As we honour our 2019 education winner, time to get your 2021 nominations in for the Sunday Life Spirit of NI Awards
More than 40 years of selfless work on behalf of others was brought to a sudden halt for our Spirit of Education winner Mary Leonard when Covid-19 struck last March.
Over a year on and the retired schoolteacher can’t see how the career hub she ran for parents of the children she taught in west Belfast will ever get back up and running.
It has been a struggle for this dedicated teacher who had to self-isolate for most of the year after being used to spending her days surrounded by people at her training classes in Twinbook.
When Mary (68) started her teaching career it wasn’t just the children in her care she ended up educating — but their parents too.
The Belfast mum-of-two worked mostly as a primary one teacher for her entire career in the former St Luke’s Primary in west Belfast which is now Holy Evangelists Primary following amalgamation with St Mark’s.
Dedicated to educating the children of the community to be the best they could, during her time as a teacher from 1972 until she retired in 2011, she also ran a successful parent centre.
After retiring from teaching she helped to establish a busy new hub to carry on her good work with parents in Twinbrook and the wider Glen area.
Hundreds have retrained for new careers or enjoyed learning health and cookery skills, with many going on to university.
Mary’s passion and dedication to supporting local adults is appreciated throughout the area.
Her nomination for our award in 2019 summed up what she means to local people: “Mary has given her life to the Twinbrook community and for this we are so grateful, she is adored by our parents and grandparents and we would love her to be recognised for all her dedication and passion for our families.”
Mary, who has one son Matthew (35) and a daughter Katie (33), is now worried that restrictions mean the hub will not be up and running again anytime soon.
She says: “Covid really did impact us. When the kids were taken out of school in March 2020 we had to stop meeting as well.
“I have been stuck at home on my own and it is only recently that I have started to go out again to the local shops as my daughter was dropping my shopping off.
“I was at the hub four mornings a week and I really miss it and the parents and grandparents. I don’t see me ever going back to it now as I am 68 and don’t know when parents will be allowed back in school.
“School has been my second home for 46 years, 37 of those as a teacher and the last 10 working with the parents, so it has been very hard to see that all brought to a sudden end.”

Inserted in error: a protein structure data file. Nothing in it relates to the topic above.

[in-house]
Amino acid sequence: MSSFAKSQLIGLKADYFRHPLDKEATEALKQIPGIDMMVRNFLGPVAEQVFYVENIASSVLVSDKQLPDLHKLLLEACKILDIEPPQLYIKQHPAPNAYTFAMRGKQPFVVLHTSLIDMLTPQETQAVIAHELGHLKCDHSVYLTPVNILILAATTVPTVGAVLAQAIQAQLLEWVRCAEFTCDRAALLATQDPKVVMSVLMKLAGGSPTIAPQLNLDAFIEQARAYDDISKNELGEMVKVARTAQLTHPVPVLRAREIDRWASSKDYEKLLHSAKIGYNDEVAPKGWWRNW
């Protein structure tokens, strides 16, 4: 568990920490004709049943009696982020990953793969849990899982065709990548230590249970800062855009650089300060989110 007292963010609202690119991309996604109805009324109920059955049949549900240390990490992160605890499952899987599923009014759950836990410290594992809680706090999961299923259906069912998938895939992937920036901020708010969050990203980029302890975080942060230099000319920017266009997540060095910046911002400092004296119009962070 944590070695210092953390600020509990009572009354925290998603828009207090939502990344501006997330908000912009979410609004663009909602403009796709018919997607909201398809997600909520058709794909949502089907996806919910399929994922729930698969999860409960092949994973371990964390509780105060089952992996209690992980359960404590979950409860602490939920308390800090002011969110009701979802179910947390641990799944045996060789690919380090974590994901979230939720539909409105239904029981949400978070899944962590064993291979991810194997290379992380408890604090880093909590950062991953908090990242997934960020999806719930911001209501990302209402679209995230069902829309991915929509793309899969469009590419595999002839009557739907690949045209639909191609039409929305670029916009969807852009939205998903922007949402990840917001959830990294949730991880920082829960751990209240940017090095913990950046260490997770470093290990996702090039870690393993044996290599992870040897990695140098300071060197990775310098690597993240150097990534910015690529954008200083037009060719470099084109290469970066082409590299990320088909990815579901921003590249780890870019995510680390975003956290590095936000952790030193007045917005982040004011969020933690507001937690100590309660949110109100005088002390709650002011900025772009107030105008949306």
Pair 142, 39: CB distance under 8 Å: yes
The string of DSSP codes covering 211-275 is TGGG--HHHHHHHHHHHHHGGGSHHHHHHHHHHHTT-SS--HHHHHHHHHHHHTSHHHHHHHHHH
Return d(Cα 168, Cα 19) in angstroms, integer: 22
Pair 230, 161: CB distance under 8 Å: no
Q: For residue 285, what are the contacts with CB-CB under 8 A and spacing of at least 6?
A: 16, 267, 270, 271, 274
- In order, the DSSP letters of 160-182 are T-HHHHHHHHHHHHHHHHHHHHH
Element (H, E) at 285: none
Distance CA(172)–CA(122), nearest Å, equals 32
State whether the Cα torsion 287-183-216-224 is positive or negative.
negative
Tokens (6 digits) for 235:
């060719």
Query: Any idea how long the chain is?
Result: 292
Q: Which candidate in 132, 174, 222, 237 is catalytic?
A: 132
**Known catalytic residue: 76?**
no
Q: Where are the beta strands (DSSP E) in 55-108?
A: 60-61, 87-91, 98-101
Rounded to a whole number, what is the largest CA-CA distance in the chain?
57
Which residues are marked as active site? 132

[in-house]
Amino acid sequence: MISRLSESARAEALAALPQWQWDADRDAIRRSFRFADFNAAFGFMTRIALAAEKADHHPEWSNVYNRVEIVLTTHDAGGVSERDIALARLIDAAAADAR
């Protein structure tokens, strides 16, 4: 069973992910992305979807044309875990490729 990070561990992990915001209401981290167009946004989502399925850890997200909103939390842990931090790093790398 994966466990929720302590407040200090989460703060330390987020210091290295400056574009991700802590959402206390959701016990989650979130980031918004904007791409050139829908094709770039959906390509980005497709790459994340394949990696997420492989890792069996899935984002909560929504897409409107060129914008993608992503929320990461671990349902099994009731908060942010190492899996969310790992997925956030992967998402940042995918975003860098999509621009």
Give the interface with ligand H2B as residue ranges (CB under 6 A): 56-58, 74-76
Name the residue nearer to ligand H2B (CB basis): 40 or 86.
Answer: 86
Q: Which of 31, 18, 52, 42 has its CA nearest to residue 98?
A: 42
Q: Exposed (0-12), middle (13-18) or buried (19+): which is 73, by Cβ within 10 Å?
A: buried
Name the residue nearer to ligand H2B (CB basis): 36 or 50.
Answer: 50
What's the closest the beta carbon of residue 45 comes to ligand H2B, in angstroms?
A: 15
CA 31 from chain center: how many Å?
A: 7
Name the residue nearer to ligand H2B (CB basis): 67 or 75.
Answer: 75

While she laments the loss of her centre, she still feels very fortunate to have been given the chance to continue her work with parents after she retired.
Mary recalls: “At the start I saw it as a challenge as I had never worked with adults before and it soon became a passion.
“It has been wonderful to see all the adults who left school with no qualifications being given a second chance. We’ve many who have gone on to university and many who secured great jobs.
“Others come to do our essential skills course.”
Such is her dedication that Mary, who ran the centre with the help of Shauna Doyle, even retrained as a cookery tutor so that she could train parents on cooking healthy meals.
She started teaching in St Luke’s when it was first opened back in 1972 and was thrilled to see the new school building open last March just before Covid closed it down.
She adds: “I really feel for children and young people who have missed out on so much.
“I don’t know when the hub might be able to return and at the minute I would be fit to go back but who knows for the future.”
As we launch this year’s awards, Spirit of Education sponsor, Harbinson Mulholland, an award-winning accountancy firm who founded the NI Family Business Forum, has urged people to nominate.
Clare McCarrison from the company understands the important role education and our educators play in our children’s lives, especially after the events of the past year.
She said: “As a mum of two young children aged nine and seven, like a lot of other parents, I found myself sitting at the kitchen table most days trying my best to home school and ensure we did some regular exercise, whilst trying to schedule work commitments in as well.
“It was very challenging at times especially when we couldn’t reach out to other family members to help due to Covid restrictions during lockdown, but thankfully the firm and clients were very flexible and understanding.
“I always knew teaching was a real vocation but now I have even more respect for our local education sector, our teachers, educators and for everything that they do, many having worked tirelessly over the last year to help both children and parents navigate our way physically and mentally, over this difficult time throughout the pandemic”.